my research interests focus on the improvement of stem (science, technology, engineering, and mathematics) education and research. my latest book about reforming stem education was published by johns hopkins university press in october 2011.
i also conduct research and write about higher education, and, to a lesser degree, about technology and about health/health education.
i am a sociologist who employs both quantitative and qualitative techniques in his research, but who enjoys the former more. i like building mathematical and statistical models. much of my work has been comprised of evaluation studies..
invited keynote to the leadership team of the anaheim union high school district, august 2013
invited presentation at a conference on liberal art colleges in india, january 2014
five reasons to be optimistic about education in america
here i discuss why there is still hope for american education.
stepping it up in stem education: q and a with david e. drew
in this piece i explain why the u.s. underperforms in these critical areas and suggest ways to get back on track.
understanding the value proposition of health information exchange: the case of uncompensated care cost recovery
this case study examined the use of the nationwide health information network as a mechanism for secure and interoperable transport of existing clinical data from electronic health records. (co-author)
why u.s. can’t get back to head of the class (because it was never there)
this washington post article provides facts to counter the claim made by many policymakers that the us once was a world leader in k-12 education.
the five misconceptions about teaching math and science- american education has not declined and other surprising truths
this article on false myths about stem was solicited for a special issue of slate/future tense magazine about science education.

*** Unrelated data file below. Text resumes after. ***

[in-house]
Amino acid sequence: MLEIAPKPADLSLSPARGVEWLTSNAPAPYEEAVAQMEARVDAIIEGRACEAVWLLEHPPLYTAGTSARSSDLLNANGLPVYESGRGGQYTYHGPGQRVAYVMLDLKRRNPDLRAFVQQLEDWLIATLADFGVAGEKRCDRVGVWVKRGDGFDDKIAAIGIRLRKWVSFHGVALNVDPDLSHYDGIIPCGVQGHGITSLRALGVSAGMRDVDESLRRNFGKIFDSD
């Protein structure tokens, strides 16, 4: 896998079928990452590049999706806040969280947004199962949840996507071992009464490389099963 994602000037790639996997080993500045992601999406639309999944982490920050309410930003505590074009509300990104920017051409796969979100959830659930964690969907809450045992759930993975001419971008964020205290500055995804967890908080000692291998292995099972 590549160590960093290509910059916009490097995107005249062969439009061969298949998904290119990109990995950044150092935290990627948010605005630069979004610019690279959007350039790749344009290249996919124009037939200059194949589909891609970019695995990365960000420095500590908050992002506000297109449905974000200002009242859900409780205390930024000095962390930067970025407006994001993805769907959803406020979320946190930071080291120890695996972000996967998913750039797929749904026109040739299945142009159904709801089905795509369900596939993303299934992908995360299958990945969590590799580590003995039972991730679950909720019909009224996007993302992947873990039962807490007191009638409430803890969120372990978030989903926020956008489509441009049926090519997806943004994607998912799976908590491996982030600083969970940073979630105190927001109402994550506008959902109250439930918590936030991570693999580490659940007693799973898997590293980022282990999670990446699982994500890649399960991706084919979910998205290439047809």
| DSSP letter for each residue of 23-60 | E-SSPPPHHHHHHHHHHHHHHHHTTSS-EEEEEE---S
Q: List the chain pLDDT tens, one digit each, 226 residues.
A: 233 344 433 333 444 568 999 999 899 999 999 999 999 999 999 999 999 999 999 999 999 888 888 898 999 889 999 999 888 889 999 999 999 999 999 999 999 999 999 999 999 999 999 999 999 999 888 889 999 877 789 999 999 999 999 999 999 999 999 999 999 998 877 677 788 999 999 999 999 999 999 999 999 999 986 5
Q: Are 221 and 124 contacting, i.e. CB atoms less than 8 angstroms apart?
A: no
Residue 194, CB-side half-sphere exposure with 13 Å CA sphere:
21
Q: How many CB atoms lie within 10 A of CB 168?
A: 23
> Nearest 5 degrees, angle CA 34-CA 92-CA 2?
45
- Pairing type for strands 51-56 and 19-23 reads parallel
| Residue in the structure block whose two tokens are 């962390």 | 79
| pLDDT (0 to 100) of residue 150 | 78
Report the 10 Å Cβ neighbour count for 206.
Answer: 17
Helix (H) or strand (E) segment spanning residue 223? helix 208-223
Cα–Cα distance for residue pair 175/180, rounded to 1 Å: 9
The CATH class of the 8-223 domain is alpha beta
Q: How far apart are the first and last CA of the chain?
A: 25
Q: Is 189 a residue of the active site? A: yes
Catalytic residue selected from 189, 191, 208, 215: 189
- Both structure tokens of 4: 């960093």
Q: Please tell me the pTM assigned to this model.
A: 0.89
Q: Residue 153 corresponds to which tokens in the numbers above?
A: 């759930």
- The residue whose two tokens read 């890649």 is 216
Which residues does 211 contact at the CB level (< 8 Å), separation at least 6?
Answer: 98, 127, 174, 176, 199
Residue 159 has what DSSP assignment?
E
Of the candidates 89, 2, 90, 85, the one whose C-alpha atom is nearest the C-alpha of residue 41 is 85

what they didn't teach you in graduate school 2.0
this article in the chronicle of higher education, by paul gray and myself, contains excerpts from the expanded latest edition of our book, what they didn't teach you in graduate school.
q&a with david drew: broadening stem education and debunking its myths
this is an interview with me about stem the
tide, which was published in the hechinger report on education.
billionaire dropouts are not the rule
in this article, i responded to, and criticized, a piece in the new york times that questioned whether a college education still mattered.
hawaii was trailblazer in quest for public worker rights
in this piece, published in a honolulu newspaper, i wrote about my uncle, who secured basic rights and privleges for those who worked in the public sector in hawaii, including teachers.
keynote speech to the annual meeting of the nsf programs about broadening participation in stem, national science foundation (nsf), june 2012
invitational international conference on the future of engineering education abu dhabi speech, march 2012
project kalaidoscope, january 2012
a keynote presentation at the annual meeting of the southern california branch of project kalaidoscope, an organization which focuses on undergraduate stem education.
ncore, june 2011
a presentation about how to succeed in graduate school, and in an academic career, at the national conference on race and ethnicity.
the texas southern university stem awareness forum, march 2011
a presentation at a special stem awareness conference convened by the college of science and technology at texas southern university.